Is it just semantics? Making Business Sense of Corporate Social Responsibility
I recently attended a Circular Economy workshop, and when sitting around the table discussing the barriers to engaging in circular economy interventions, it became apparent that the answers were akin to those I hear from companies every day about why they don’t engage more in their CR campaigns. The key reasons include the following:
- Turning a profit is the main business priority
- Senior-level management doesn’t believe it deserves the time and budgetary commitment of other daily tasks
- CR/Sustainability/Environmental practitioners within the company are not given the time to think about the future initiatives but rather must react to the needs of today
All three of these concerns are a symptom of the same problem – businesses do not view their CR commitments as part of how they do business but as an added task to aid their public image or their ability to hold a licence to operate. They do the minimum because they know that it is expected of them by various stakeholders to show some level of commitment.
The question is, how many really value it as a tool to drive their business forward?
Luckily, many of our member companies have truly embedded CR into how they conduct business on a daily basis, enabling them to achieve CORE accreditation.
These companies ensure that all staff — from those on the shop floor to the Senior Management Team — understand that they are doing it not only because it’s the right thing to do but also because it makes sound business sense. When I conduct focus groups within these CORE companies, I know they have done this successfully because employees say “that’s just the way we do things around here” when I explain all the elements that the company engages in are actually considered CR.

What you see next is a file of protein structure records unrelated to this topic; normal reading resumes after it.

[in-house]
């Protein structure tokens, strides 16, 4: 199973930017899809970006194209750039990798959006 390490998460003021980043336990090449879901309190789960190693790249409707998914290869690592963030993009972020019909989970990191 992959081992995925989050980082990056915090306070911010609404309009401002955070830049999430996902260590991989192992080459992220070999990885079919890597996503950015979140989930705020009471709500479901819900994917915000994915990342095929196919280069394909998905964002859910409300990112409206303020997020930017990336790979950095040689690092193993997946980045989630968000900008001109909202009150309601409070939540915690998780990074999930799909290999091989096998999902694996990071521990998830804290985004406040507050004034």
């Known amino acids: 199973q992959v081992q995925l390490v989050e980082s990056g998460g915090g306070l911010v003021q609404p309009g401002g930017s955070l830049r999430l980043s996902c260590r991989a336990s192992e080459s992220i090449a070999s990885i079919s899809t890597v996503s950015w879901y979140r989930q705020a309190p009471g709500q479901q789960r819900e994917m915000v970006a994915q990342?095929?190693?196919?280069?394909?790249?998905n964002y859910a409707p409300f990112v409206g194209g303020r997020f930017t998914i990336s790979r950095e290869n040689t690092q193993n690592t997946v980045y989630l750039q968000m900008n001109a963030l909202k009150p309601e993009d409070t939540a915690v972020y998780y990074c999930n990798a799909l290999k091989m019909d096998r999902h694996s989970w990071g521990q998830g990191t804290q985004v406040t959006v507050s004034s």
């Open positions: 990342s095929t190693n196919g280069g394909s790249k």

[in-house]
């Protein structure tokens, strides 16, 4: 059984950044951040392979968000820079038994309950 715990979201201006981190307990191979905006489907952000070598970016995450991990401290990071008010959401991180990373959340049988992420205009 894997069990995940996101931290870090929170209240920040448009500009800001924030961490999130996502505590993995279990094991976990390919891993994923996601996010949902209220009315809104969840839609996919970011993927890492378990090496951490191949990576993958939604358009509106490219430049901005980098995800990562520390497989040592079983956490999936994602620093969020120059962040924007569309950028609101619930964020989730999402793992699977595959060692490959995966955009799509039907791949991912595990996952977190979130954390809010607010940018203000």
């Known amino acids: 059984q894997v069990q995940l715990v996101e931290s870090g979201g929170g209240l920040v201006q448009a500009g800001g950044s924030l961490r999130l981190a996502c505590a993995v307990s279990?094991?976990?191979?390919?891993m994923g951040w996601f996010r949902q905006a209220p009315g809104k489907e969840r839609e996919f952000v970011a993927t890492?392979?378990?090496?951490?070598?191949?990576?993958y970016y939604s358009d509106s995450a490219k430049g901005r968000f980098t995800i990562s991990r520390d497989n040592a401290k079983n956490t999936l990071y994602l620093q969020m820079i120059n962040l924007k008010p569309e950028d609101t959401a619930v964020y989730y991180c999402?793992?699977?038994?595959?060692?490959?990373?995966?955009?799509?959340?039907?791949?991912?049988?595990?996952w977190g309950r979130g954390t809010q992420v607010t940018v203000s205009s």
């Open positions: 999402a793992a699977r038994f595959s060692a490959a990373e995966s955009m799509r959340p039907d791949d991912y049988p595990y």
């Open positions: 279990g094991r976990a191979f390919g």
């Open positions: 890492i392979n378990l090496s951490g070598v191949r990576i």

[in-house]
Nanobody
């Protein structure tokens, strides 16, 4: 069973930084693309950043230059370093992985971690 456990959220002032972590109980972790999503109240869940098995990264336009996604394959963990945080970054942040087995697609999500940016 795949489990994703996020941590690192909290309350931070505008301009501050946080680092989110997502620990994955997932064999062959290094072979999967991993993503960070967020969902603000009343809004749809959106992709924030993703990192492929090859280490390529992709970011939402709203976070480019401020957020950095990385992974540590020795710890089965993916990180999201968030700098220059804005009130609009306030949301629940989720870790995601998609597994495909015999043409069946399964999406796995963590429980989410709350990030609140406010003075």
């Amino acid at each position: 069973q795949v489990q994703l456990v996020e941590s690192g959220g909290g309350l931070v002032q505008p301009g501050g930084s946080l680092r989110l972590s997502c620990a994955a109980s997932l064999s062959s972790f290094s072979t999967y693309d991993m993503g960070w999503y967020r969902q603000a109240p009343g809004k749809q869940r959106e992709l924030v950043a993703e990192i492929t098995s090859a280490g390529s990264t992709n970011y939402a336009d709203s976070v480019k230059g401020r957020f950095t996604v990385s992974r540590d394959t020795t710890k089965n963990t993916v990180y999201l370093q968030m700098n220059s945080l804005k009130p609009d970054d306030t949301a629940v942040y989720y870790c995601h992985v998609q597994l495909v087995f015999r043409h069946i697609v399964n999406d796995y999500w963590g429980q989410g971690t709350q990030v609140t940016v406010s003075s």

My advice to those practitioners who wish to push forward their CR commitments is to tackle it head on and to focus on the ‘business credentials’ of the deal.
This may involve using a different language to talk about your CR activity. So, for example, don’t talk about ‘circular economy’, but instead talk about resource and risk management. Instead of discussing ‘employee engagement’, focus on the cost of recruiting against training and retaining. Instead of ‘benchmarking or stakeholder engagement’, we should talk about mechanisms for continual improvement, Let’s replace the language of talking about the time spent monitoring and measuring or money spent on reducing waste or energy, and focus on the business benefits: cost savings and future proofing.
Once you have received affirmation from senior management that they understand what you are trying to achieve, then you will be faced with the task of embedding CSR in what you do. Here are my top tips on how to do it:
- Think from the inside out – understand the “why” in your business; the values and purpose should be more than a marketing piece on the wall, or a signature on an email.
- Communicate that every decision made in the business should contribute to the values of the organisation and in achieving its purpose
- Responsible leadership in a company is evident when ‘how you do business’ is talked about before what you do. A company saying customer service comes first is a company with a purpose; customers are one of many stakeholders for whom you should have a comprehensive communications plan in place; ensuring it includes feedback. Set targets for staff in relation to responsible business practices, and encourage engagement in community initiatives and internal health & wellbeing events.
- Link your community engagement to your business priorities and purpose. For example, Patagonia, a company borne from love for nature by climbers and surfers, leads on a number of innovative CR approaches aimed at integrating CR in the supply chain, reducing its global environmental footprint and changing consumer behaviour through emphasis on repair and recycling.
- Set challenging, specific and measurable targets, not ones that are easily reached. These need to reflect short-term plans but also show how they contribute to solving longer-term issues. For example, Unilever’s Sustainable Living Plan commits the company to ambitious targets over the next decade: it intends to help more than a billion people take action to improve their health; to halve the environmental footprint of its products; and to source 100% of its agricultural raw materials sustainably.
- There needs to be a clear link between CR targets and performance management (including at senior level). I cannot stress how important it is to measure the success of these interventions; if you can show that they make sound business sense, you will be supported to grow your CR engagement by senior leaders.
- Celebrate success when it happens… Go for that award –you deserve it! Or shout about your success during #RBweek
To discuss this more, email email@example.com